Friday, February 27, 2009


Way back in December, in the early hours of Saturday the thirteenth, we boarded a Korean airplane for a holiday visit home. I used to keep track of the number of times I've flown in an airplane, but I can hardly do that anymore. An inaccurately hasty count has me taking off in thirty-seven different aircraft of seven brand-name carriers over the last eighteen months. With such practice, even minute details come to my attention if they differ sufficiently from familiarity. Stepping onto the really huge Korean 747 I noticed it was decorated for Christmas. Corsages of tiny red and green flora decorated cabin light fixtures all down the plane, pretty red bunting swung. Our plane was dressed for the prom. This was a first for me. Another first: when the safety demonstration began playing on the touch-screen monitors in the back of every chair, I noticed the prestigious demonstration plane in the video was identical to our, giving me the feeling I was taking Korea's most photogenic flight. Usually I watch the taped attendants buckling disembodied seatbelts in a far more advanced environment than the one in which I'm an audience member. That's assuming I'm on a flight technologically sufficient for television, of course. In December, even though some gross mismanagement prevented my seating arrangements from materializing--forcing me to sit several rows from Sunshine on that first leg to Incheon Airport as well as causing, I suspect, the disappearance of my special vegetarian meals throughout the entire twenty-six hour sky-day--I had a really comfortable five-hour flight. The flight from South Korea to Atlanta, while mercifully short compared to the HK-to-LA route I'm used to, was less so: we were evidently seated in the children's section of the plane. That's an experience woefully, sadly, exasperatingly familiar. [Cavin]

Thursday, February 26, 2009


I'm not sure how long I can, in good conscience, go on calling this an update when all I talk about are things that happened months ago. So I'll try to pepper my reportage with new stuff here and there. This just in: Sunshine had a dinner engagement yesterday, but I wasn't all that interested in celebrating the anniversary of a successful local grocery chain. My interest? To enjoy soba noodle soup and a perfectly fried egg at my favorite downtown sushi bar. To heighten the experience, I meant to while away an hour or more over it. And drink sake. And read my adventure novel. Everything was coming up roses until I walked into the crowded little joint. That was when I realized I was sort of embarrassed by my book. This never used to happen to me, this worry about other people observing what I was reading. But recently, in the states, I was loathe to be caught out with a certain pop-culture vampire novel some collusion of jetlag and morbid curiosity had inspired me to take up. And then last night I spent a nervous few minutes hyper aware of the mostly naked Japanese stereotype kneeling on the cover of Ian Fleming's You Only Live Twice--its title rendered, however inappropriately, in a goofy chop-socky font. Frankly, I don't know why I bother. It isn't as if that restaurant's shelves aren't stocked with pinky schoolgirl horror-romance comics. Plus, it's nearly impossible to ignore the game shows on TV behind the bar, revolving as they do around public nudity, freezing water, biting insects, and, in what amounts to some kind of heroic irony, the act of consuming unbelievably disgusting things. So I laid the book facedown and ate in front of the TV. Like every night. [Cavin]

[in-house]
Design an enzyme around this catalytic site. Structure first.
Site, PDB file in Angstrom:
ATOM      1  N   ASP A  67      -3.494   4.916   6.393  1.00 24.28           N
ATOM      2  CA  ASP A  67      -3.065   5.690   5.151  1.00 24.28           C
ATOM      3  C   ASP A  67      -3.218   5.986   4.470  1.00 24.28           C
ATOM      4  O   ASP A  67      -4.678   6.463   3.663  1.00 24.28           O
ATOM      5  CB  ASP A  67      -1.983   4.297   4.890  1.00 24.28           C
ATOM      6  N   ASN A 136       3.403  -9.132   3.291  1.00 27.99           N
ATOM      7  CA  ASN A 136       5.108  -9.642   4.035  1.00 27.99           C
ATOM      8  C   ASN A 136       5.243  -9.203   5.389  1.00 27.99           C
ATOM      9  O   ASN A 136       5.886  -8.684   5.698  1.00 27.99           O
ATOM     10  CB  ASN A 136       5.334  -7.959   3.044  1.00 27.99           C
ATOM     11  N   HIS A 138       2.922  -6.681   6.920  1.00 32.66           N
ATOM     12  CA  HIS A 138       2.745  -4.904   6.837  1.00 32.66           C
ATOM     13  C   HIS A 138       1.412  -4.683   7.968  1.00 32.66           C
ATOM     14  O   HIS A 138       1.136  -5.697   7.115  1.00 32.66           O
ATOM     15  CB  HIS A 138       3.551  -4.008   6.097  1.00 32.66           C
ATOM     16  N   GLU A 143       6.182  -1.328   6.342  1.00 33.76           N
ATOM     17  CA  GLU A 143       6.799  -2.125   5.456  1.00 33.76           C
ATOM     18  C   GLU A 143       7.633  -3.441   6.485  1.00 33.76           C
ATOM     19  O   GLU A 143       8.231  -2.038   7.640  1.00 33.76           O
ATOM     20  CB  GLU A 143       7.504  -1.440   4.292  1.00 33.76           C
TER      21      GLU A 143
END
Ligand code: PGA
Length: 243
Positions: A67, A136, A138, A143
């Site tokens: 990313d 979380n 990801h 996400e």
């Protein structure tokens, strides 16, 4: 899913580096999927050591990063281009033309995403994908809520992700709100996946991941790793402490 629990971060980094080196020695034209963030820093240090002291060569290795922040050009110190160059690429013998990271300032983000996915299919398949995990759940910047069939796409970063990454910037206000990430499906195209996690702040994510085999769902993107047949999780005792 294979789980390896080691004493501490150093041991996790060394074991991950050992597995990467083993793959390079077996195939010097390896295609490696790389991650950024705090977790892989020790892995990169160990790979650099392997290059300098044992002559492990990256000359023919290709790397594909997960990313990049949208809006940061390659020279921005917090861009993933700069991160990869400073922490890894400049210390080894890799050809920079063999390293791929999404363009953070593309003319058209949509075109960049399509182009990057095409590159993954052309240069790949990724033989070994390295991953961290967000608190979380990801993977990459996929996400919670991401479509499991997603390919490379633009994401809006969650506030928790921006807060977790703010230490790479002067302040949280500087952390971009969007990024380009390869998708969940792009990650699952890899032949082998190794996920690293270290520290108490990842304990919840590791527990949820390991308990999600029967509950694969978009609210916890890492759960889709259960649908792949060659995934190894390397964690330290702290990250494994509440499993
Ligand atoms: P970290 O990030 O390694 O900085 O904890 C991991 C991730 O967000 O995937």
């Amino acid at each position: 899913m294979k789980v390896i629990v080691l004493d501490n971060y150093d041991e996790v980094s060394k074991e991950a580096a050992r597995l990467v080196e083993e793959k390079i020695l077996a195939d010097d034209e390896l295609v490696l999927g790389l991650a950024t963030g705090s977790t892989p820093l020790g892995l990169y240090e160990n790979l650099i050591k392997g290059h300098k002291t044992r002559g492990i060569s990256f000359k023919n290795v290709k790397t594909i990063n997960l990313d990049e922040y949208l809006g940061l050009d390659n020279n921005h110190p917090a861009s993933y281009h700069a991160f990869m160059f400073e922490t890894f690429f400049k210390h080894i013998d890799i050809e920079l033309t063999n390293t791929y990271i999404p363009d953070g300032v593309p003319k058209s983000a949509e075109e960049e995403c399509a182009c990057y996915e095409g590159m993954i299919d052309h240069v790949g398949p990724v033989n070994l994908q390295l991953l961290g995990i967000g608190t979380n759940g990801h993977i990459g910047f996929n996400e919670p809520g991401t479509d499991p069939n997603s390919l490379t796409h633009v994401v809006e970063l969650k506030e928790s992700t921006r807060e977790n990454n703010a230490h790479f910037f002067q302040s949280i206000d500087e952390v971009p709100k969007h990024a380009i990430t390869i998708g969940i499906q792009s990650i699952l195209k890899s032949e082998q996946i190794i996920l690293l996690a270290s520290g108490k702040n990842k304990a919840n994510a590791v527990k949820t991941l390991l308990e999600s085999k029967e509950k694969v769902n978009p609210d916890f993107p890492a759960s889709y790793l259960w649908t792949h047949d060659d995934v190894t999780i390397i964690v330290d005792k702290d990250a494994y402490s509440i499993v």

Wednesday, February 25, 2009